Effectively, Marr selected from his influences those which would most closely ally with what he knew Morrissey would like to hear in his playing

As much as Marr tailored his musical approach to the emerging NME-defined concept of what was hip and happening, he also radically revamped his own personal image, presenting a complete volte-face from ’50s rocker to sensitive ’60s hipster.

Perhaps ironically, Morrissey himself actually embraced a sense of style borrowed heavily from one of his own idols, James Dean. Apparently, Morrissey had a life-sized cardboard cut-out of the tragic film icon on his bedroom wall the first time Marr called round to his house to suggest forming a band.

Johnny Marr (left) and Morrissey from The Smiths pose under the branches of a willow tree in London in 1983.

Johnny Marr (left) and Morrissey  (Image credit: Clare Muller/Redferns)

Johnny Rogan, author of Morrissey and Marr: The Severed Alliance, seen by many as the definitive Smiths’ bio (although it is disliked by Marr and detested by the always more extreme Morrissey), didn’t pick up on Marr’s compliance with the NME new world order. But Rogan did note that Marr had the “unconscious ability to accentuate those elements of his musical taste that coincided with Morrissey’s, while conveniently passing over such infatuations as Rory Gallagher.”

Morrissey himself, in early interviews with the band, made it clear that he was no fan of what had gone before when it came to the role of the guitar in a band, referring to “nasty solos” and stating that the guitar had been “wasted” in the ways that it had been used hitherto in conventional rock music.

The very name of the band, the Smiths, couldn’t be more unassuming and low-key. Apparently suggested by Morrissey, it is a clear indicator that he was also aiming for a sense of something very unlike the expected rock norms, a music that was a reaction to every expected rock and roll trope.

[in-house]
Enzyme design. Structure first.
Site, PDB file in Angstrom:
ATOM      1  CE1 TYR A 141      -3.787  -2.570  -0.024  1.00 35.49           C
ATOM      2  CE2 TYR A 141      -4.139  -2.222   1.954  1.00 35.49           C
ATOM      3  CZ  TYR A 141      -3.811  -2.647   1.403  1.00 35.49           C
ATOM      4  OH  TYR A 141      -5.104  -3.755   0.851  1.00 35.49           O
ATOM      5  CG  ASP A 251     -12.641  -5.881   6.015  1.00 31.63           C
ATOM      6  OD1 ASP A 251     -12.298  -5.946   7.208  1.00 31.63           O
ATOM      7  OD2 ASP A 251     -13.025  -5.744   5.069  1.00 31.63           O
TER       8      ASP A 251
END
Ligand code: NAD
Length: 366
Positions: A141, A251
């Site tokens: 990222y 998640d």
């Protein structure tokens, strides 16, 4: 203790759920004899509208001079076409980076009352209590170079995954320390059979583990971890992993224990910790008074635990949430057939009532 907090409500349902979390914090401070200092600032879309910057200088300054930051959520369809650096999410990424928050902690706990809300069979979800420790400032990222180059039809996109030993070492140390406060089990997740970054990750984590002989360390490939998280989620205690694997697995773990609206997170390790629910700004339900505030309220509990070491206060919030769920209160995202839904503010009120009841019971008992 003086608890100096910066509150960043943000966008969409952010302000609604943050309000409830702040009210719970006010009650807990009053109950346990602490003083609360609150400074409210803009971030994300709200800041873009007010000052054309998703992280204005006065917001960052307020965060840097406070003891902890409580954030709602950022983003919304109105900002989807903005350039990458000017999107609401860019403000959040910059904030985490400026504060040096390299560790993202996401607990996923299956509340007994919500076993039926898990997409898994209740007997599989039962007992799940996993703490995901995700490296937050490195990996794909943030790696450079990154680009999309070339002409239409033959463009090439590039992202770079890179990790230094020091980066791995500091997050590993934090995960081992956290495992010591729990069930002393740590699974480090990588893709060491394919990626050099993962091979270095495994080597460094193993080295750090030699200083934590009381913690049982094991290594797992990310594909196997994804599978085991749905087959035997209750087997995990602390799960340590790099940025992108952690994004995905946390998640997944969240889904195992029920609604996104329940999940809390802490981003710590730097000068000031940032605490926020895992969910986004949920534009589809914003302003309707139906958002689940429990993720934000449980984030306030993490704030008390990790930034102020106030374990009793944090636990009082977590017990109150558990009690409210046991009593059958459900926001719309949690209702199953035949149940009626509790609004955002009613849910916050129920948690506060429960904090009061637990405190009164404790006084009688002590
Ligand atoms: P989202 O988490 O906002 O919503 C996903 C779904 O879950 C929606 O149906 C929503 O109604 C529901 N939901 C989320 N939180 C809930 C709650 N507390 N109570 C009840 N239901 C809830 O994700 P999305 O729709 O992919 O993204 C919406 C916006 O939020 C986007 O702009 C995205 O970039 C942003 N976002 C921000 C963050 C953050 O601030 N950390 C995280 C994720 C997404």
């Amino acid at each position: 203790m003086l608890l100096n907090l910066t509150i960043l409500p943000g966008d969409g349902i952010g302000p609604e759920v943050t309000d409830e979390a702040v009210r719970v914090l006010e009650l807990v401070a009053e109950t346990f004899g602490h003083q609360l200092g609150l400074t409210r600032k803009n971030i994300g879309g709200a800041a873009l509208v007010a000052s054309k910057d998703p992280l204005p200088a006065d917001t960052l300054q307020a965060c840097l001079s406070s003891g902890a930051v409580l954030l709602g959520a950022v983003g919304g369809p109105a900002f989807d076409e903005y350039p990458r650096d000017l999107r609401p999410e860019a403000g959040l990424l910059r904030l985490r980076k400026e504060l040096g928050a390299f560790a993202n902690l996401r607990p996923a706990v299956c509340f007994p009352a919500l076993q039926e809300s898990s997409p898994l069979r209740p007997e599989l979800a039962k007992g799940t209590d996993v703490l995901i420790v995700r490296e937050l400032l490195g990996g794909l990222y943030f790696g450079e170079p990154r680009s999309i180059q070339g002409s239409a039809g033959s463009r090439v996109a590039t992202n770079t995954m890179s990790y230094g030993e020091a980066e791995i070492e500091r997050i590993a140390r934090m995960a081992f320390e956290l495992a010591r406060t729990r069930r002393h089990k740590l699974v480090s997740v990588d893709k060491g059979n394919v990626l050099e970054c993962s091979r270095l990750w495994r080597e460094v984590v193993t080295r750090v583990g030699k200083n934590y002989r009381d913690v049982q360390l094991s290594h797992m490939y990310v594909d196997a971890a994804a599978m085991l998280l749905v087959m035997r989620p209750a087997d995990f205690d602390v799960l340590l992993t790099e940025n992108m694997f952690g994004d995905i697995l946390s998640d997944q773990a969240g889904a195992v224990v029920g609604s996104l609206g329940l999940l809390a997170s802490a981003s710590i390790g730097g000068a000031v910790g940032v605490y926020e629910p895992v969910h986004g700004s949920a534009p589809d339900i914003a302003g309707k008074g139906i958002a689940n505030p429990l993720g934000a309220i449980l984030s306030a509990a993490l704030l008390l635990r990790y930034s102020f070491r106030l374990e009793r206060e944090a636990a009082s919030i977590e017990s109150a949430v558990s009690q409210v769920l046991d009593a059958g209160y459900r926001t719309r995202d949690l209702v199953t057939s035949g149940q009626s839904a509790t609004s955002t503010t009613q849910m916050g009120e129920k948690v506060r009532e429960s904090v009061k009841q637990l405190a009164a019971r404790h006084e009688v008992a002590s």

Morrissey himself fit that description perfectly. His vocal stylings recalled no other artist; his lyrics were utterly unlike those of the bands he’d loved growing up.

He projected an ambiguous sexuality that drew in devoted followers of all genders with a completely non-threatening, all-inclusive call for the disaffected who may have felt uncomfortable with the bare-chested bravado of a Robert Plant, but perhaps saw a kindred spirit in the ultimate ’80s alternative-rock icon that Morrissey rapidly became.

Marr may not have been the first alternative-guitar hero to eschew the electric guitar solo. Johnny Ramone instantly springs to mind as a trailblazer on that front, but the buzzsaw blitzkrieg of Ramone’s Mosrite was a one-dimensional blunt instrument, thrilling as it was.

Marr’s nimble, multifaceted approach, shaped by his early attempts to try to cover the bass, guitar and orchestral parts of classic Motown records on his instrument, forged the Smiths’ unique sound.

As much as Rory Gallagher was a hero of his, there is virtually no blues guitar in Marr’s playing in the Smiths

As much as Rory Gallagher was a hero of his, there is virtually no blues guitar in Marr’s playing in the Smiths. His bright, complex guitar lines – weaving inside each other in multiple layers, while deftly providing a platform for Morrissey’s entirely unconventional vocal stylings and melodies – created a music unlike any of their contemporaries or anything that had gone before.

The hugely influential and important British DJ John Peel, who featured the band on numerous specially recorded sessions for his nightly radio show, succinctly hit the nail on the head when he said that when you listened to the music of the Smiths, it was hard to discern who their influences were, so singular was their sound.

The Smiths L-R: bassist Andy Rourke, singer Morrissey, drummer Mike Joyce and guitarist Johnny Mar

The Smiths (L-R): bassist Andy Rourke, singer Morrissey, drummer Mike Joyce and guitarist Johnny Mar (Image credit: Pete Cronin/Redferns)

That Marr found a unique approach to the notion of guitar hero, in a climate of revilement for the concept from so many quarters in the U.K. at that time, is a testament to his creative spark and ability to think outside the box without abandoning much of what makes the guitar such a key part of any great pop song.

Effectively, Marr reinvented the guitar solo, substituting layered arpeggios and sliding partial chords for traditional, blues-inflected licks, and swapping rippling, melodic motifs for old-school, pentatonic-based riffery.

Effectively, Marr reinvented the guitar solo